When I am living in one of our other Laptop Life locations, let’s use Florida for example, life is completely different. Don’t get me wrong, I love our home in Florida but things are different. In Florida when I finish my day’s work I either run off to squeeze in an hour at the gym, run errands, or I start to cook the evening meal. If I’m lucky I get an hour or two to sit in the quiet of my sun-room reading.
When I finish my day’s work in Italy, Mark and I will wander down to the main street of the town. We settle in at one of the many outdoor cafes. Perhaps we will order a glass of prosecco, or an aqua frizzante. The townsfolk wander past in their finery. Up and down the cobblestone street with their dogs and children yelling at each other and running around their feet. We will chat or read, or just sit and watch the evening arrive.
Italy knows how to brand life. It's called La Dolce Vita.
No matter where go you in Italy they are consistent in the way they live. Think Italy and think good food, long meals, wine, friends and relaxation.
Last week we were doing the above. I had just downloaded all my favorite magazines in to my Zinio app on my iPad (a must have if you don’t have it) and turned the page to see this…
Because this is on my iPad and I can only see only half of the double page advertisement. The name of the company and the logo are not visible. I didn’t need to turn the page. I didn’t even need to read the text. I knew instantly that this was an ad for Ikea.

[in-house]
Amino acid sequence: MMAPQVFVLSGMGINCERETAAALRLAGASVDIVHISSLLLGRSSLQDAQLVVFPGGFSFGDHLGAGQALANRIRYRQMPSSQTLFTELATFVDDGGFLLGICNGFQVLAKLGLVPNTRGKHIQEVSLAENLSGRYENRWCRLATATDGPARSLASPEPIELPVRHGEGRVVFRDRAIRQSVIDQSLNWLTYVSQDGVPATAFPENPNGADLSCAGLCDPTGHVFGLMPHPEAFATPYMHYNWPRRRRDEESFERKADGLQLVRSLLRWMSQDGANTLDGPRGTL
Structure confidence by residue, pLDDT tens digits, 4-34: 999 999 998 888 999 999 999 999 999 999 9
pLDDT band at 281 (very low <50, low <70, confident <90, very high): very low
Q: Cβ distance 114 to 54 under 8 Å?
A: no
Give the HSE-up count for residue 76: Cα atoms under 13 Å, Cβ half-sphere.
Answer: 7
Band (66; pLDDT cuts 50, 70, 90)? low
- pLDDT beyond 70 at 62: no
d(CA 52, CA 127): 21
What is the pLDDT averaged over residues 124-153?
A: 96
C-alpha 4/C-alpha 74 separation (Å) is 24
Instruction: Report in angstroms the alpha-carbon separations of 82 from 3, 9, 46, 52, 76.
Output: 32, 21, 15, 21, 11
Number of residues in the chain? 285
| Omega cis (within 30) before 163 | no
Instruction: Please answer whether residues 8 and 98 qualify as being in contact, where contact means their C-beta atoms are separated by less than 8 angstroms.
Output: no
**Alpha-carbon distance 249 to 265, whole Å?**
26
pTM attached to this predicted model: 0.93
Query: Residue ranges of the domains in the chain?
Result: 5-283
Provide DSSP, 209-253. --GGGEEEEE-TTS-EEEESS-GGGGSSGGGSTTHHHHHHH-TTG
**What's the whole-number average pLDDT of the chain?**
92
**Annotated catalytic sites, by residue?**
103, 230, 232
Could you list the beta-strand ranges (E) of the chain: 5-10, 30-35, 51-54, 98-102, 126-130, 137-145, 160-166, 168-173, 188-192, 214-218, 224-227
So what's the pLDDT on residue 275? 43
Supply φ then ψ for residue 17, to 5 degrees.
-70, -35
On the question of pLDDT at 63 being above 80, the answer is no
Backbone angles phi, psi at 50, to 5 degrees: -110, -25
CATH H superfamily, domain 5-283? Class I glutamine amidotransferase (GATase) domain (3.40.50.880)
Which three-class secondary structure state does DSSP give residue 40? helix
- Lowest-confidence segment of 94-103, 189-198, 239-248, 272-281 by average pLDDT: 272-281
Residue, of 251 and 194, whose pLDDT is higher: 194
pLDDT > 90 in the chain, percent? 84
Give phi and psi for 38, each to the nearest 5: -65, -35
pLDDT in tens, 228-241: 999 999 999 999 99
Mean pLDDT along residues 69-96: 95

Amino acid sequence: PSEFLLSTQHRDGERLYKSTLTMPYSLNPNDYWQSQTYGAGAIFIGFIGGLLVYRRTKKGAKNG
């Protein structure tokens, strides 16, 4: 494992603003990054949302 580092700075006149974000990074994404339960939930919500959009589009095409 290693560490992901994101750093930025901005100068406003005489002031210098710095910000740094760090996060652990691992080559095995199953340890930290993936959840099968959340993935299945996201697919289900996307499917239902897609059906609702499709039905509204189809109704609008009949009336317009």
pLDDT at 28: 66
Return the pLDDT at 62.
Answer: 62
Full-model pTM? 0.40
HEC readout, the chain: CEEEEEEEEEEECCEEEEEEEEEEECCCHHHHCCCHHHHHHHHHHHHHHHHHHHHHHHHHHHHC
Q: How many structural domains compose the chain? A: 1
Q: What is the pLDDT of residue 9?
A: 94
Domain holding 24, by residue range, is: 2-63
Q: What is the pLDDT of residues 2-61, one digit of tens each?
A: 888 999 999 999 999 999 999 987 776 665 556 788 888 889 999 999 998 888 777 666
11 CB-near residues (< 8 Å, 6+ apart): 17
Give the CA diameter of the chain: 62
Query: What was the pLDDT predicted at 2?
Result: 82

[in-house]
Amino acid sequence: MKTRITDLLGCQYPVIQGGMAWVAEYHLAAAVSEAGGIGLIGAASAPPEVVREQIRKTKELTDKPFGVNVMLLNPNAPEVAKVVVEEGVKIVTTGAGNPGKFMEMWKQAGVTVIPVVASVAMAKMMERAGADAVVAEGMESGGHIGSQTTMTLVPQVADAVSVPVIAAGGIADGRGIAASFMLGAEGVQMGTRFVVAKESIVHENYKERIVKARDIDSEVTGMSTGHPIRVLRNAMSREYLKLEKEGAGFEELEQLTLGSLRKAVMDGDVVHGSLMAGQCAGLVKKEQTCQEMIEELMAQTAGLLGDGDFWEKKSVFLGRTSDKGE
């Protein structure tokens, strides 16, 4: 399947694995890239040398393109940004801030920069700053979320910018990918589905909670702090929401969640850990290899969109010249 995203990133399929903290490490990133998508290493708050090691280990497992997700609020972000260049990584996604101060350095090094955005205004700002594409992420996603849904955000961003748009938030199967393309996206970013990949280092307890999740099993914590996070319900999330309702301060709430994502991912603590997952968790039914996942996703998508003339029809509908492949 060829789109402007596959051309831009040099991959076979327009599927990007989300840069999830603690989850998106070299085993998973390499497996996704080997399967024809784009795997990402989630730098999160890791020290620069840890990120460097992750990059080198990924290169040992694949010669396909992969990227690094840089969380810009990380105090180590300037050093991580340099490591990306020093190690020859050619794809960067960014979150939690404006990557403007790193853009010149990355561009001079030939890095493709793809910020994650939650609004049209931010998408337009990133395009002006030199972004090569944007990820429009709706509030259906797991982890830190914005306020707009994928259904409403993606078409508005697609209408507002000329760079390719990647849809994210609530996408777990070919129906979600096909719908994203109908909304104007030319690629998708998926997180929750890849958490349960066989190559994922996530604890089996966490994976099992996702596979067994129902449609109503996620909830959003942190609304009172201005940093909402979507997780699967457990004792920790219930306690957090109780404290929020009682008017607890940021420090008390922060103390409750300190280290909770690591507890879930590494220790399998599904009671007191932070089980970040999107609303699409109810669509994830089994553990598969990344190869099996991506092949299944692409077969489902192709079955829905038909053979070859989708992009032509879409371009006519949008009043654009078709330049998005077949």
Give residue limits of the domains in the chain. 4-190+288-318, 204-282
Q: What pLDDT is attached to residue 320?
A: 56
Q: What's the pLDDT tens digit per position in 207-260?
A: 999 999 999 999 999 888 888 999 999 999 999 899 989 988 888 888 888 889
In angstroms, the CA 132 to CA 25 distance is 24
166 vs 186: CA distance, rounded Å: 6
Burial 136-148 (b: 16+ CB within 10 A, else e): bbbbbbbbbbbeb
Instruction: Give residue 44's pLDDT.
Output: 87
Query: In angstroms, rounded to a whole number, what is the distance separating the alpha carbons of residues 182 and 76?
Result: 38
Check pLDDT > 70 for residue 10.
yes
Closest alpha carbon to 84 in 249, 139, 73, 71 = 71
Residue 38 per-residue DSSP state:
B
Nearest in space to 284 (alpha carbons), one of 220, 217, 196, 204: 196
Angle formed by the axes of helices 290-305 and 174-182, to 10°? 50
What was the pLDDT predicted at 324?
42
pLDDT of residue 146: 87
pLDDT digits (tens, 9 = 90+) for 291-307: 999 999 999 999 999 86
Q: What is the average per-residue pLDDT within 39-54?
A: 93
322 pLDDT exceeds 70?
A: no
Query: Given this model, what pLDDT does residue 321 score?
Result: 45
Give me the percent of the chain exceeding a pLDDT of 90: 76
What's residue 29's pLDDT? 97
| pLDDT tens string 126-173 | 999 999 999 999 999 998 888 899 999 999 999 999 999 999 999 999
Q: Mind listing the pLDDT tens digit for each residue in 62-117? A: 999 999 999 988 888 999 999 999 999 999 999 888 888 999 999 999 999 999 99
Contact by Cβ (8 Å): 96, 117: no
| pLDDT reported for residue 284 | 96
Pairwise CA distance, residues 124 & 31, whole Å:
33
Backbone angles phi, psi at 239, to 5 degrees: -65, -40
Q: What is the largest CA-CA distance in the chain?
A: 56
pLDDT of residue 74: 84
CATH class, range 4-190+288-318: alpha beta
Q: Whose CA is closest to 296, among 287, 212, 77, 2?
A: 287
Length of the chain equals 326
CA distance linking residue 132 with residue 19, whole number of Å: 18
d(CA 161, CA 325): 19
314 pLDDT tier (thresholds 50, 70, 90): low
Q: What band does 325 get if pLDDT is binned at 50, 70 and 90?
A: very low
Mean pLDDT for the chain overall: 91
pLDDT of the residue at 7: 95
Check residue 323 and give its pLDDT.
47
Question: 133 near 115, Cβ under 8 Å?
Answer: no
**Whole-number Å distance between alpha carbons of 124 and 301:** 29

That pretty logo that you just paid a design firm $10,000 for isn’t what branding is about. In this case it was completely unnecessary.
In Italy all the stores close for 2-3 hours at lunch so that people can go home and eat a slow meal with their family and take a nap. That’s sending a clear message to the “customers” of Italy. Without a logo. Italy infuses the “dolce vita” consistently, without fail, in to every aspect of Italian life. A brand must consistently, without fail, infuse everything they do with the values and customer promises that represent their brand.
I knew this ad was Ikea because of the layout, the font and the way the price was presented. It’s consistent. It never varies. It looks the same in their catalog, their store, their website, their advertising - and it tells me exactly who Ikea is. A no-frills, practical, inexpensive company who cares about good design.
Who is your company? Not, what is your company, but who is your company? What do you care about, what do you promise, what are your values? Do you present your brand to every customer consistently, in every interaction? From the words on your website to what people say about you, from the products you choose to sell, to the sound of the voice of the person who answers your customer care line. How are you telling your story… consistently.